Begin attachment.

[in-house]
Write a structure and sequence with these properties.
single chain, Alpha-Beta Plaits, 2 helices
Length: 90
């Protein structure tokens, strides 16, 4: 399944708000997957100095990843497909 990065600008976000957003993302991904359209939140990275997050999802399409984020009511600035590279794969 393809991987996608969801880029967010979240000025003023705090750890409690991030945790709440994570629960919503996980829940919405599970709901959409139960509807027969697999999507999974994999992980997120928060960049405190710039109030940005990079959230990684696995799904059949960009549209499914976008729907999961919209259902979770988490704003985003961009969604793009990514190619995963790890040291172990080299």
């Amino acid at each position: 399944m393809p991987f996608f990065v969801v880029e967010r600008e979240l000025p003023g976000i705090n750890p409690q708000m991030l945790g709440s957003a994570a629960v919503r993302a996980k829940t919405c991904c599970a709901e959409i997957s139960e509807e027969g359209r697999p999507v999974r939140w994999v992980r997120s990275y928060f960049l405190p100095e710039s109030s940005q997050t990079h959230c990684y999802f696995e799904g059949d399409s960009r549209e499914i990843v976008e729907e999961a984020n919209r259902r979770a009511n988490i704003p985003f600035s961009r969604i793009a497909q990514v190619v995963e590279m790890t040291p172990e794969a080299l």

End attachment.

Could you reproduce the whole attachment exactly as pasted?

[in-house]
Write a structure and sequence with these properties.
single chain, Alpha-Beta Plaits, 2 helices
Length: 90
């Protein structure tokens, strides 16, 4: 399944708000997957100095990843497909 990065600008976000957003993302991904359209939140990275997050999802399409984020009511600035590279794969 393809991987996608969801880029967010979240000025003023705090750890409690991030945790709440994570629960919503996980829940919405599970709901959409139960509807027969697999999507999974994999992980997120928060960049405190710039109030940005990079959230990684696995799904059949960009549209499914976008729907999961919209259902979770988490704003985003961009969604793009990514190619995963790890040291172990080299």
């Amino acid at each position: 399944m393809p991987f996608f990065v969801v880029e967010r600008e979240l000025p003023g976000i705090n750890p409690q708000m991030l945790g709440s957003a994570a629960v919503r993302a996980k829940t919405c991904c599970a709901e959409i997957s139960e509807e027969g359209r697999p999507v999974r939140w994999v992980r997120s990275y928060f960049l405190p100095e710039s109030s940005q997050t990079h959230c990684y999802f696995e799904g059949d399409s960009r549209e499914i990843v976008e729907e999961a984020n919209r259902r979770a009511n988490i704003p985003f600035s961009r969604i793009a497909q990514v190619v995963e590279m790890t040291p172990e794969a080299l």